Optimal decision-making requires balancing fast but error-prone and more accurate but slower decisions through adjustments of decision thresholds. Here, we demonstrate two distinct correlates of such speed-accuracy adjustments by recording subthalamic nucleus (STN) activity and electroencephalography in 11 Parkinson's disease patients during a perceptual decision-making task; STN low-frequency oscillatory (LFO) activity (2-8 Hz), coupled to activity at prefrontal electrode Fz, and STN beta activity (13-30 Hz) coupled to electrodes C3/C4 close to motor cortex. These two correlates differed not only in their cortical topography and spectral characteristics but also in the relative timing of recruitment and in their precise relationship with decision thresholds. Increases of STN LFO power preceding the response predicted increased thresholds only after accuracy instructions, while cue-induced reductions of STN beta power decreased thresholds irrespective of instructions. These findings indicate that distinct neural mechanisms determine whether a decision will be made in haste or with caution.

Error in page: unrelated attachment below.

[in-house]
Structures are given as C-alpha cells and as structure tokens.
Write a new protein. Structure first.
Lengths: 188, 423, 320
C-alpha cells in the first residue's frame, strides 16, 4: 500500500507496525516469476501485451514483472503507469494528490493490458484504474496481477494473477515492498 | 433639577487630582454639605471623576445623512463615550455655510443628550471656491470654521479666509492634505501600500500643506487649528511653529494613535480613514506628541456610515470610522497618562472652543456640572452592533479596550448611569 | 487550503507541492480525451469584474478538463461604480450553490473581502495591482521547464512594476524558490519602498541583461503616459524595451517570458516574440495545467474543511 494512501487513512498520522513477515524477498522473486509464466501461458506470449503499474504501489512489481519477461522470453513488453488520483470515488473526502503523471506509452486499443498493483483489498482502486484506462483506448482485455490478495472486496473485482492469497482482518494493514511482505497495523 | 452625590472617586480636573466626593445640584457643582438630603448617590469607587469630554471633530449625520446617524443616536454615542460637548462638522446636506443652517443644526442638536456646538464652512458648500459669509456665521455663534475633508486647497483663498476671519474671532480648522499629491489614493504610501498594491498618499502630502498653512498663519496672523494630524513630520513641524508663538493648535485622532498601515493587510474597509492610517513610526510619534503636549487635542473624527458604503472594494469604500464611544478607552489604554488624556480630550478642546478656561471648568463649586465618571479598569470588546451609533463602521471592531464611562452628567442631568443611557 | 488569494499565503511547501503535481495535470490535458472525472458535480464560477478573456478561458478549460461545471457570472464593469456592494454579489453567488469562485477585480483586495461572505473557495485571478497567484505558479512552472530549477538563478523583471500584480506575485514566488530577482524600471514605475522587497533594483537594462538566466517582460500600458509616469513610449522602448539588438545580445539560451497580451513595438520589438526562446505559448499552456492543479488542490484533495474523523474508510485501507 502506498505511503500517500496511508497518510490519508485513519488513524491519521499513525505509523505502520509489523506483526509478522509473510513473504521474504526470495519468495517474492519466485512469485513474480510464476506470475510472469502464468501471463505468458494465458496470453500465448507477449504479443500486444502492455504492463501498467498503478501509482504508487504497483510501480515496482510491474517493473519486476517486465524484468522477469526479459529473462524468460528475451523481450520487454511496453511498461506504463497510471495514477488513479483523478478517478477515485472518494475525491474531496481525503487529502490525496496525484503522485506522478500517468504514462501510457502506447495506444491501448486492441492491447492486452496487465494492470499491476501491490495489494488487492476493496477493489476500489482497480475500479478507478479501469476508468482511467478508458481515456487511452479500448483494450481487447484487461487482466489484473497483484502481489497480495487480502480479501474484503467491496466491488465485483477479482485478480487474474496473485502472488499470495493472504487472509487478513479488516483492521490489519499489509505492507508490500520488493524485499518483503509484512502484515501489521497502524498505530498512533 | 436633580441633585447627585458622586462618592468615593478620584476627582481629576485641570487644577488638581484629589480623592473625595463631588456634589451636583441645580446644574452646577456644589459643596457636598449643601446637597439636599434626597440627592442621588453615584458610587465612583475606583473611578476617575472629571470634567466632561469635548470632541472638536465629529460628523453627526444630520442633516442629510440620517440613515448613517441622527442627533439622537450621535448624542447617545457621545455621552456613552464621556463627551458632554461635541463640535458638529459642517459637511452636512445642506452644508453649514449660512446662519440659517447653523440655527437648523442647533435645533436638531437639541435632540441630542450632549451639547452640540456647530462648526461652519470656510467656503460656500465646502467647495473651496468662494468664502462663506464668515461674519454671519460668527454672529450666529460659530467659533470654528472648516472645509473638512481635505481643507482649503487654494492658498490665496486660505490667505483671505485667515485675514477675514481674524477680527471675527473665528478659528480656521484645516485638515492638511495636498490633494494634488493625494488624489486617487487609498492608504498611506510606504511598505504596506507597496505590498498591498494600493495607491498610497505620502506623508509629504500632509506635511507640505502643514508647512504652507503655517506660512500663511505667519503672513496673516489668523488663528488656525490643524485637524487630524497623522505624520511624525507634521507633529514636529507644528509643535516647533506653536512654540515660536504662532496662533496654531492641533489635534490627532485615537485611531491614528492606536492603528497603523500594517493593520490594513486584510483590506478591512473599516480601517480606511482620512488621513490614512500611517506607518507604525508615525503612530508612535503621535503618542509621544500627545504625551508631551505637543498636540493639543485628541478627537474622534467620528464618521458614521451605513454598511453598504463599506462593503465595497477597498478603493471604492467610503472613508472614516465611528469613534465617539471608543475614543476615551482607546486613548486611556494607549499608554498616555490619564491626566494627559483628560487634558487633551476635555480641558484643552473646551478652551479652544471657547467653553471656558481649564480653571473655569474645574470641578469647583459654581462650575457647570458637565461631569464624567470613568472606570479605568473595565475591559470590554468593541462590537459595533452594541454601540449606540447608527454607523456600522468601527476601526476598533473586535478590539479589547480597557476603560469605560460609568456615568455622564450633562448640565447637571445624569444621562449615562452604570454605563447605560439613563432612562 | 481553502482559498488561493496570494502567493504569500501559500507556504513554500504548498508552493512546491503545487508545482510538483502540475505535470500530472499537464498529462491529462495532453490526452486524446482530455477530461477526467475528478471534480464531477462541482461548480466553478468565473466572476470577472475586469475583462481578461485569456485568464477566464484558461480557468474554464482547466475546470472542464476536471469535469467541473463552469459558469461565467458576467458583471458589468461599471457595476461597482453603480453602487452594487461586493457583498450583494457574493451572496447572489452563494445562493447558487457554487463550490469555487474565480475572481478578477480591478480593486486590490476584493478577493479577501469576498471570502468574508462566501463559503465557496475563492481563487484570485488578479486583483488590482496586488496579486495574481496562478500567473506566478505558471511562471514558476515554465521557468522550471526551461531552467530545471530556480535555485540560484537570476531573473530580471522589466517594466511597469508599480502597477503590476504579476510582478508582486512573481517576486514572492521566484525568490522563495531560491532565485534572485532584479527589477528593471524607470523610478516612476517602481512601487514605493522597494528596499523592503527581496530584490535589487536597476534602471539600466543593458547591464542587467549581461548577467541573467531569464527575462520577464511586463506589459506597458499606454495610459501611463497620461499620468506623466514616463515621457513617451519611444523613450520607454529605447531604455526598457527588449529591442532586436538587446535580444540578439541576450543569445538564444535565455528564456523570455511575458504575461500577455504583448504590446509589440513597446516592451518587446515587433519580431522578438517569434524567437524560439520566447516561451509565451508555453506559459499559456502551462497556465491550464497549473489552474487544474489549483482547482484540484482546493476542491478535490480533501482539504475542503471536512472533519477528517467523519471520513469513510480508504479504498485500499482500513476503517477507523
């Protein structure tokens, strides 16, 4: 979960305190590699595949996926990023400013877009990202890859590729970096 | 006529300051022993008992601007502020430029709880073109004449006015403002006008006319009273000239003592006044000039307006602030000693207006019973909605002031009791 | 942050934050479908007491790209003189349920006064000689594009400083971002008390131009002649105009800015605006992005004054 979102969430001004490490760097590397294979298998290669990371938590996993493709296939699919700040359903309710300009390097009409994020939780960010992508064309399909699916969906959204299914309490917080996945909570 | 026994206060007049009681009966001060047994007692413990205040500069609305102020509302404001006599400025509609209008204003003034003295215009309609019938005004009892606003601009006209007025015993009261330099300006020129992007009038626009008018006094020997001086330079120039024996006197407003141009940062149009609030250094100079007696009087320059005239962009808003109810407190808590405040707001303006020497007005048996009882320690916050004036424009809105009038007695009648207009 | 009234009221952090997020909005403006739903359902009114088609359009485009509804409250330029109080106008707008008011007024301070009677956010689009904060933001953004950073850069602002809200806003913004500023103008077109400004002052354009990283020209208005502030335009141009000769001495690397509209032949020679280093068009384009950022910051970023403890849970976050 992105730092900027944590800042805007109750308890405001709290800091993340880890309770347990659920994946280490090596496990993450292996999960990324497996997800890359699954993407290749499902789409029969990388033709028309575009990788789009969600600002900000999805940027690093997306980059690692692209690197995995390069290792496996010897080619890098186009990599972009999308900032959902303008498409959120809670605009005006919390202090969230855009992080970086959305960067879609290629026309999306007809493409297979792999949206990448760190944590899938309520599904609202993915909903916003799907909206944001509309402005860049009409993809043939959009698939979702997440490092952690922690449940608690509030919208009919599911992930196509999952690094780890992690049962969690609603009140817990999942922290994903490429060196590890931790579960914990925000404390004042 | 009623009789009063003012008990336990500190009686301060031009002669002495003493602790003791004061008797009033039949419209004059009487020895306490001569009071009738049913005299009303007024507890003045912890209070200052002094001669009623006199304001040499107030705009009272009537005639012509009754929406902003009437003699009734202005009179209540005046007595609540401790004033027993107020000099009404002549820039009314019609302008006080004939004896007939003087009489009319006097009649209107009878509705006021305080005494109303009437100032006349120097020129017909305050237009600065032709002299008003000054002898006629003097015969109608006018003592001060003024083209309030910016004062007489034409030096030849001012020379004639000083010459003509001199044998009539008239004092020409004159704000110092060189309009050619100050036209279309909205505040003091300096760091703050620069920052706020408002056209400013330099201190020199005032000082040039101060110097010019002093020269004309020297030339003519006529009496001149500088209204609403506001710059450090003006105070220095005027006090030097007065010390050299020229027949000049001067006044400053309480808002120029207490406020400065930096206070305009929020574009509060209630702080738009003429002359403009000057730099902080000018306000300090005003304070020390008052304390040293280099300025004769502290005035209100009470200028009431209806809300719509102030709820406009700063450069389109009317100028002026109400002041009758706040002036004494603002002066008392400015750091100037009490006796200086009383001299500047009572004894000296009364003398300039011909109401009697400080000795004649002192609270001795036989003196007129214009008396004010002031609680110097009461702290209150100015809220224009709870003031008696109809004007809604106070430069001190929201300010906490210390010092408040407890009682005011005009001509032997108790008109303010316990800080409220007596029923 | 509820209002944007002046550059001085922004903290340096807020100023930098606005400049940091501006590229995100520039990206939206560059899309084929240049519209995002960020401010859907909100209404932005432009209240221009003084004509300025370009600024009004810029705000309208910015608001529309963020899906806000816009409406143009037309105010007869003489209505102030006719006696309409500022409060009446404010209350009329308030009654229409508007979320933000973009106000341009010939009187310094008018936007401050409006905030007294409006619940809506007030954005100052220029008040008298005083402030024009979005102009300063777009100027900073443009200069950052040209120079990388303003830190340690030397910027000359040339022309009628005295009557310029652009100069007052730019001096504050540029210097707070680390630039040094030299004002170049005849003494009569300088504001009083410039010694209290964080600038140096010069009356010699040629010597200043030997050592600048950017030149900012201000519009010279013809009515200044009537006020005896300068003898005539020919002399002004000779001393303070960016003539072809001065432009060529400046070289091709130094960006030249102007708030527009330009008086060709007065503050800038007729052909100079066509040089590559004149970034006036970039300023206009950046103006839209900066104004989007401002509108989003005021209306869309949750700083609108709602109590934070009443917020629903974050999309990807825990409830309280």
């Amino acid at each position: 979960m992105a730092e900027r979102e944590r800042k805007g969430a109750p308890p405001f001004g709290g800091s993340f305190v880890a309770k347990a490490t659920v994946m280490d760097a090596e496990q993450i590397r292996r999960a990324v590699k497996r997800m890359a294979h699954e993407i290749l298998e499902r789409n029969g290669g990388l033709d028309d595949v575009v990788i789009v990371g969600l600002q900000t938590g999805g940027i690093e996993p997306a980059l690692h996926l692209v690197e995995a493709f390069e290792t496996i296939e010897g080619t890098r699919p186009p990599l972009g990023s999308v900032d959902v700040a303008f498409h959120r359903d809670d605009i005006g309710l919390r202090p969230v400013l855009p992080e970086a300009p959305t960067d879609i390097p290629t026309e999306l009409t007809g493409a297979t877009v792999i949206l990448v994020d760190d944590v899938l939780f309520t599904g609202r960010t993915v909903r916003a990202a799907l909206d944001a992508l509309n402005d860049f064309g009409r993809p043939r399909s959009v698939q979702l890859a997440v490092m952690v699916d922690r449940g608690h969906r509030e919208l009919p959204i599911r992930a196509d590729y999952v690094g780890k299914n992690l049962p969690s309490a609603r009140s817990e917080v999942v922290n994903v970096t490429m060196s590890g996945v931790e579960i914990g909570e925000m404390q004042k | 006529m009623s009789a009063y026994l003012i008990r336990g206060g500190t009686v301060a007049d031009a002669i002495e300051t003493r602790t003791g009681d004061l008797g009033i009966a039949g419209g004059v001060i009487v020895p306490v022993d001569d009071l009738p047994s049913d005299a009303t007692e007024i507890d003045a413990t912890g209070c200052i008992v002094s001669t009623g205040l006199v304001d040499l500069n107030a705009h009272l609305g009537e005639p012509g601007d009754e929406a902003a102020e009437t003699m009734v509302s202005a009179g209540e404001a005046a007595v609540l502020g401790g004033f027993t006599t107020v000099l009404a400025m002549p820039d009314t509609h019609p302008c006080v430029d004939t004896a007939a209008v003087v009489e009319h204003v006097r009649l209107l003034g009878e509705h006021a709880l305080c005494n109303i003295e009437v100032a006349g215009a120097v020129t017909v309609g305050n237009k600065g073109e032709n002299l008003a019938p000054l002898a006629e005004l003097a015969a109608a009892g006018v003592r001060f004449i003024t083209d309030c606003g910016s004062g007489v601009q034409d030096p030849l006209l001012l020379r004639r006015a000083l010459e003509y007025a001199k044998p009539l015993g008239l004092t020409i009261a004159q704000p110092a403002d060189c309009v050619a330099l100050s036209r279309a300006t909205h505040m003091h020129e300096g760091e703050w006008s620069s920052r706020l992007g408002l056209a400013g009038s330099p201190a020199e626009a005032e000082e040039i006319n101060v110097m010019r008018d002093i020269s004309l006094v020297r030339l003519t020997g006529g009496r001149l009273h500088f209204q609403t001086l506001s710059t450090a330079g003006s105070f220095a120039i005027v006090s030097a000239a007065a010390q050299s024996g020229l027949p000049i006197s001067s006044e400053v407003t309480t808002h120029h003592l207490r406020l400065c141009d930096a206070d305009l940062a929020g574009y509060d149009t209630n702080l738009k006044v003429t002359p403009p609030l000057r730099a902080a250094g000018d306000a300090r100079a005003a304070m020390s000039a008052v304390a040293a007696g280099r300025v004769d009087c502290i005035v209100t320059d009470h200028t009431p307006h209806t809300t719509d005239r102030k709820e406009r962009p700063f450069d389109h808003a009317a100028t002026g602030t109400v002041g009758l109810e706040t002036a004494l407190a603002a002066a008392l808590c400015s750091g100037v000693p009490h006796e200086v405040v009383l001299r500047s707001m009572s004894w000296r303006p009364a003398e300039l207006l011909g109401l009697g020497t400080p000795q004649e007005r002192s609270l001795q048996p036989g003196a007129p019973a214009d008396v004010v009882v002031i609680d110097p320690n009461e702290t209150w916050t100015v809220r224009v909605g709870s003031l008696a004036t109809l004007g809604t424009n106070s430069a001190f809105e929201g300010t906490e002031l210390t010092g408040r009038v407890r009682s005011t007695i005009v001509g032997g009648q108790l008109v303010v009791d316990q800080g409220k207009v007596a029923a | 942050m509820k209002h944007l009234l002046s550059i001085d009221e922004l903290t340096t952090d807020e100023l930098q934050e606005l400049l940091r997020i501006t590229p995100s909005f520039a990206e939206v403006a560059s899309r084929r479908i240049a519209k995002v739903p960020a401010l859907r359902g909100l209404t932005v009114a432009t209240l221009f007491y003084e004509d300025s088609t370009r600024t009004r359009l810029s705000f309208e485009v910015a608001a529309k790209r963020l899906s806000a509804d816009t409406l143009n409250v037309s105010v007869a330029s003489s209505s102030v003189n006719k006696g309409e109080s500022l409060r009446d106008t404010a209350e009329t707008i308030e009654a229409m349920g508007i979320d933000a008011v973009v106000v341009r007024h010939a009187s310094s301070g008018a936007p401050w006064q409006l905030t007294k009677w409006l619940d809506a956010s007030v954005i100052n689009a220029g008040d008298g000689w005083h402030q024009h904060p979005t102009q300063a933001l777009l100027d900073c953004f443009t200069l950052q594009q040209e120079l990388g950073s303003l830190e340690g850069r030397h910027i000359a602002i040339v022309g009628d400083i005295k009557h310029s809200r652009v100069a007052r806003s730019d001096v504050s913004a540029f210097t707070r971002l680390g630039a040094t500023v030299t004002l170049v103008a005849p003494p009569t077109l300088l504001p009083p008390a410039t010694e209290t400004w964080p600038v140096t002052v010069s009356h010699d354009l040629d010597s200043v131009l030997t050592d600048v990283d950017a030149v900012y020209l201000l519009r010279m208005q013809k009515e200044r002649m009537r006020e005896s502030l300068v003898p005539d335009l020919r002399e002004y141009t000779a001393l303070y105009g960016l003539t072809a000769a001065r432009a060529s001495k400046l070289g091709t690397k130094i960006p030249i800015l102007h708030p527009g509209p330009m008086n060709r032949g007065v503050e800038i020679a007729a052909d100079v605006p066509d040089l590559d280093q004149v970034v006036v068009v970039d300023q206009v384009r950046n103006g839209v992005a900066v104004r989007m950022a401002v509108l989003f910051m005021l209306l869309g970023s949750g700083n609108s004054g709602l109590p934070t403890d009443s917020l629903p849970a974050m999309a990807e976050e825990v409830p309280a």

decision thresholds, human, neuroscience, speed-accuracy tradeoff, subthalamic nucleus